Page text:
How to Tell if an Injury is Serious
Another important reason why a victim should see a doctor as soon as possible following a car accident is because a head injury could in fact be much worse than a concussion. It could be a more serious traumatic brain injury instead.
- Headache is worse or does not go away
- Slurred speech, weakness, numbness, or decreased coordination
- Significant nausea or repeated vomiting
- Loss of consciousness
- Inability to wake up
- Symptoms have worsened at any time
- Symptoms have not gone away after 10-14 days
- History of multiple concussions
It is imperative to seek immediate medical attention if any of these warning signs occur.
Treating and Healing a Concussion After a Car Accident
A doctor’s most common prescription for a concussion is rest. Victims should also avoid loud noises, bright lights, and physical activity as much as possible, as well as reading and watching TV or any type of screen time. Driving is not recommended and may be even forbidden for a time, as well as anything that requires much head and neck movement. A victim will most likely not be able to go to work during this healing time.
Many people think that someone suffering from a concussion should not be allowed to fall asleep. In reality, keeping a victim awake may not be necessary. If the person, while awake, can have a conversation and isn’t having trouble moving, it is fine to let them sleep. A concussion is cured by resting the brain, so sleeping may actually be the best thing for a victim to do.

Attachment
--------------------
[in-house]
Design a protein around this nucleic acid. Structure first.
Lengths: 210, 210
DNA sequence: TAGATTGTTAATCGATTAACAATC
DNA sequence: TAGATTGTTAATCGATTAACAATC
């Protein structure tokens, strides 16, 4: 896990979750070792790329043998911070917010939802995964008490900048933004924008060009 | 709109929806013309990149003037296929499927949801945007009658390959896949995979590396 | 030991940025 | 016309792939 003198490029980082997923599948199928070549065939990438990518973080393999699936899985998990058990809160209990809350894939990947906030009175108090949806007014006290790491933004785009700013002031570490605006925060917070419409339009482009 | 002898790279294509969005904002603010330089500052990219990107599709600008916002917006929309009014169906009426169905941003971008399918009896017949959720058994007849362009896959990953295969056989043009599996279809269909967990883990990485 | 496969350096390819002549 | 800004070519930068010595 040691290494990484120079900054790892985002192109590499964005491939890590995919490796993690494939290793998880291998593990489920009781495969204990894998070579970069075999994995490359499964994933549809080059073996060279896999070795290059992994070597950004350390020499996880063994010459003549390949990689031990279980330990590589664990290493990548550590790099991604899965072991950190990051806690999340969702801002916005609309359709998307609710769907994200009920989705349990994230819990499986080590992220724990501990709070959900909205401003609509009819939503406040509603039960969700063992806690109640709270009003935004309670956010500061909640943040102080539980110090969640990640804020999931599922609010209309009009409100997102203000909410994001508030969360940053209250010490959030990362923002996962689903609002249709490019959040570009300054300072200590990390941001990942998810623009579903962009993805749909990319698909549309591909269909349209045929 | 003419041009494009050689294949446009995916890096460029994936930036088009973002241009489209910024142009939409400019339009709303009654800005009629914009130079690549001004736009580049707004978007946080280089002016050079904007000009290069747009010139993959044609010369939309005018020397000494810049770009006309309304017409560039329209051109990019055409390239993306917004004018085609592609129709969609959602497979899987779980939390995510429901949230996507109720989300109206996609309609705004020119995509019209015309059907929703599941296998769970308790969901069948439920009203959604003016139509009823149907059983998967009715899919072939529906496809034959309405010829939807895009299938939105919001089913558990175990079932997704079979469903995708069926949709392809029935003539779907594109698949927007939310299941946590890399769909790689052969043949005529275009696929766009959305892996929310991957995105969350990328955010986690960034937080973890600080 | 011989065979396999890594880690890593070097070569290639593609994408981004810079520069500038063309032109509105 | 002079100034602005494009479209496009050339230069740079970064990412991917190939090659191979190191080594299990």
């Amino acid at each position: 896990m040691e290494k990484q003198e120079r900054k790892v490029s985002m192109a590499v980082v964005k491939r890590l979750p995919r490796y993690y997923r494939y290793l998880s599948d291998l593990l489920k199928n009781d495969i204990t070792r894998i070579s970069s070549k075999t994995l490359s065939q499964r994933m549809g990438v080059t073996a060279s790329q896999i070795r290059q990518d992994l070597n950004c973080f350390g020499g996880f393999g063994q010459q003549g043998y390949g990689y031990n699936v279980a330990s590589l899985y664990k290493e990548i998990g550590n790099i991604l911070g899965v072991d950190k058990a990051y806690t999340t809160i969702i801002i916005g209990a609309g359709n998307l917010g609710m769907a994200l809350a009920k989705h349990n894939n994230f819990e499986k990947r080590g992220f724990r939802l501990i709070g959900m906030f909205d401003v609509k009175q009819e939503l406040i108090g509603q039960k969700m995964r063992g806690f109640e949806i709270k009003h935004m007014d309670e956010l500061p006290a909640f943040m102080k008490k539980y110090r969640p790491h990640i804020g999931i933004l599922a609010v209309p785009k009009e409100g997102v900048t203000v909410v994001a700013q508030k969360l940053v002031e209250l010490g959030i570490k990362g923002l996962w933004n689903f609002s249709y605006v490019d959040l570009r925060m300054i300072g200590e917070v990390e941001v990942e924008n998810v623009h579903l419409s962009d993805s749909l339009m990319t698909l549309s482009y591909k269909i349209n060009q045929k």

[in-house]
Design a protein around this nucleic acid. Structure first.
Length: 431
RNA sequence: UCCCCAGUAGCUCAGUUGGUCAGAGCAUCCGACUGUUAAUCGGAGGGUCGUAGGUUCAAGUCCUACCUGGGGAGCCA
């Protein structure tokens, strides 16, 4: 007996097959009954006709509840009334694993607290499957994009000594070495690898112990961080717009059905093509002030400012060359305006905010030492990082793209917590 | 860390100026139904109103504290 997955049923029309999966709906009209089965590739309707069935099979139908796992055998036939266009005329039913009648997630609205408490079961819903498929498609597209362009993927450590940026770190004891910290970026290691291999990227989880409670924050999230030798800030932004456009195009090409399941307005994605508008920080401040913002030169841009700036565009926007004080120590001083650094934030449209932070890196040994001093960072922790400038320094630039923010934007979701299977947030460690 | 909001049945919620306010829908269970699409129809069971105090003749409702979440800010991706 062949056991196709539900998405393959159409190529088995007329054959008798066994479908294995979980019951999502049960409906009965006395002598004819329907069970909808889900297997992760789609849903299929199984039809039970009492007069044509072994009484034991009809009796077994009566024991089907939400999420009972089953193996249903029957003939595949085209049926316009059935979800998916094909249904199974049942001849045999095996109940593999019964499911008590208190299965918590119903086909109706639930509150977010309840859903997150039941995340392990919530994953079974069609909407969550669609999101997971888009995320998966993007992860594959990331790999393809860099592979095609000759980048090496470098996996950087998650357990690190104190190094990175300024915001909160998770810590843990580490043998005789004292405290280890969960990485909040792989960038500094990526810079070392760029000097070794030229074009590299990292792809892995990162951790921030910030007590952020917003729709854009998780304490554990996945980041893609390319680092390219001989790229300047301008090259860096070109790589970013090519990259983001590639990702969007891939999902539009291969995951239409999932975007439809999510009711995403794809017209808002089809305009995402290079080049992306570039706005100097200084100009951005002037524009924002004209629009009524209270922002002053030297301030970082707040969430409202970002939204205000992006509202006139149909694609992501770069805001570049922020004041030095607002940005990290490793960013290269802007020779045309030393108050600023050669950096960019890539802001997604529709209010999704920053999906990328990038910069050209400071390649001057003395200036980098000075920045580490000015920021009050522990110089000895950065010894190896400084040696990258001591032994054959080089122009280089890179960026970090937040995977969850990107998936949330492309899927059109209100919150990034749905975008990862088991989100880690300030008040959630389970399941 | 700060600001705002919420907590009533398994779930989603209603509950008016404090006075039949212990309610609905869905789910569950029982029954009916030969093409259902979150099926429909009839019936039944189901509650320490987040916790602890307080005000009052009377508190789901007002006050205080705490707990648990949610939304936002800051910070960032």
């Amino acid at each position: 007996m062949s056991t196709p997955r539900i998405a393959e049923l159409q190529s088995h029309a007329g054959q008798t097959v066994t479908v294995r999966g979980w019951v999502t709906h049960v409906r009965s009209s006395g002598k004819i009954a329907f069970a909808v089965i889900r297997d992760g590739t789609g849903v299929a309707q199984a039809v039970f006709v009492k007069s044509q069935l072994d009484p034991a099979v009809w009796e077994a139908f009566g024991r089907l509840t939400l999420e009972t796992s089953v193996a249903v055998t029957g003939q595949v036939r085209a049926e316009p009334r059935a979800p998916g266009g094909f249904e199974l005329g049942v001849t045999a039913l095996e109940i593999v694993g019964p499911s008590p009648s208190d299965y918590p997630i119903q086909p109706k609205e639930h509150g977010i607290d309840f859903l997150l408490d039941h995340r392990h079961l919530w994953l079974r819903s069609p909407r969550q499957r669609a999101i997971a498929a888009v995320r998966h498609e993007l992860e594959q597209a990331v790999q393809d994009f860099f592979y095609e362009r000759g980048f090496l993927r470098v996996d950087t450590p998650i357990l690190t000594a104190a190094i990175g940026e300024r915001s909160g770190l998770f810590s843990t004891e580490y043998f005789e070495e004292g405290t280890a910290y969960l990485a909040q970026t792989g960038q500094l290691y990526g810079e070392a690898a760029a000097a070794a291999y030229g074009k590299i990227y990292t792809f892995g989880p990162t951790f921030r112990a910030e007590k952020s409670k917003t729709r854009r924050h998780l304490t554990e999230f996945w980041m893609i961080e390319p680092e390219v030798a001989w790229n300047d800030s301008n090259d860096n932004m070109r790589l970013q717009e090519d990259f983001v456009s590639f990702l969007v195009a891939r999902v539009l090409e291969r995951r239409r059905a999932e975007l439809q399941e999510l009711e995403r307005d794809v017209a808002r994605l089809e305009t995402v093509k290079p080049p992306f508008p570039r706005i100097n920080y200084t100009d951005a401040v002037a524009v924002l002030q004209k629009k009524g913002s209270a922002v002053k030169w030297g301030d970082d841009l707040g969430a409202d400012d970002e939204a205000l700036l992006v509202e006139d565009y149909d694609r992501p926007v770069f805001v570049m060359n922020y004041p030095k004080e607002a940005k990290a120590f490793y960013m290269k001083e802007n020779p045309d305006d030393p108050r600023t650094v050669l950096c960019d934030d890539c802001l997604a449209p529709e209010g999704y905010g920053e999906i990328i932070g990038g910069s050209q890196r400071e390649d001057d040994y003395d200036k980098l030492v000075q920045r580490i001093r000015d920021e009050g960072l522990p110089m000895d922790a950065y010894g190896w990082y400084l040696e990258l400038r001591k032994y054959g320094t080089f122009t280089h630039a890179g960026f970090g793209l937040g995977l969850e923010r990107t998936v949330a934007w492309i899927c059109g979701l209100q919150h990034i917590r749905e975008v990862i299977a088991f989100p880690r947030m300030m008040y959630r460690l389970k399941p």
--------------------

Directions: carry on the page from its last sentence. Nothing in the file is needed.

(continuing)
Most people will recover quickly and completely following a concussion, but some people can have symptoms that last for several weeks before gradually getting better.
And even if a concussion heals quickly, a victim may continue to have expensive follow-up doctor visits to pay for and also have lost wages from the days of work they may have missed. Financially healing from any personal injury, including a car accident, can be just as lengthy and difficult to navigate.
Experienced personal injury lawyers can help a victim financially heal from their accident by:
- Consulting on the signs of injury to look out for
- Proving the delayed-onset injuries being experienced were caused during the accident
- Calculating what the concussion injury will cost now, and in the future
- Determining the total lost wages and loss future earnings will be because of the accident and resulting injury
- Placing a financial value on the victim’s changed quality of life overall
The purpose of a victim receiving compensation for loss and damages after any personal injury accident is to “make whole.” This means the victim is ideally repaid for everything they have lost. This not only means the cuts, bruises, and broken bones that show up immediately, but also those injuries that may not show up until later, such as a concussion, after a car accident.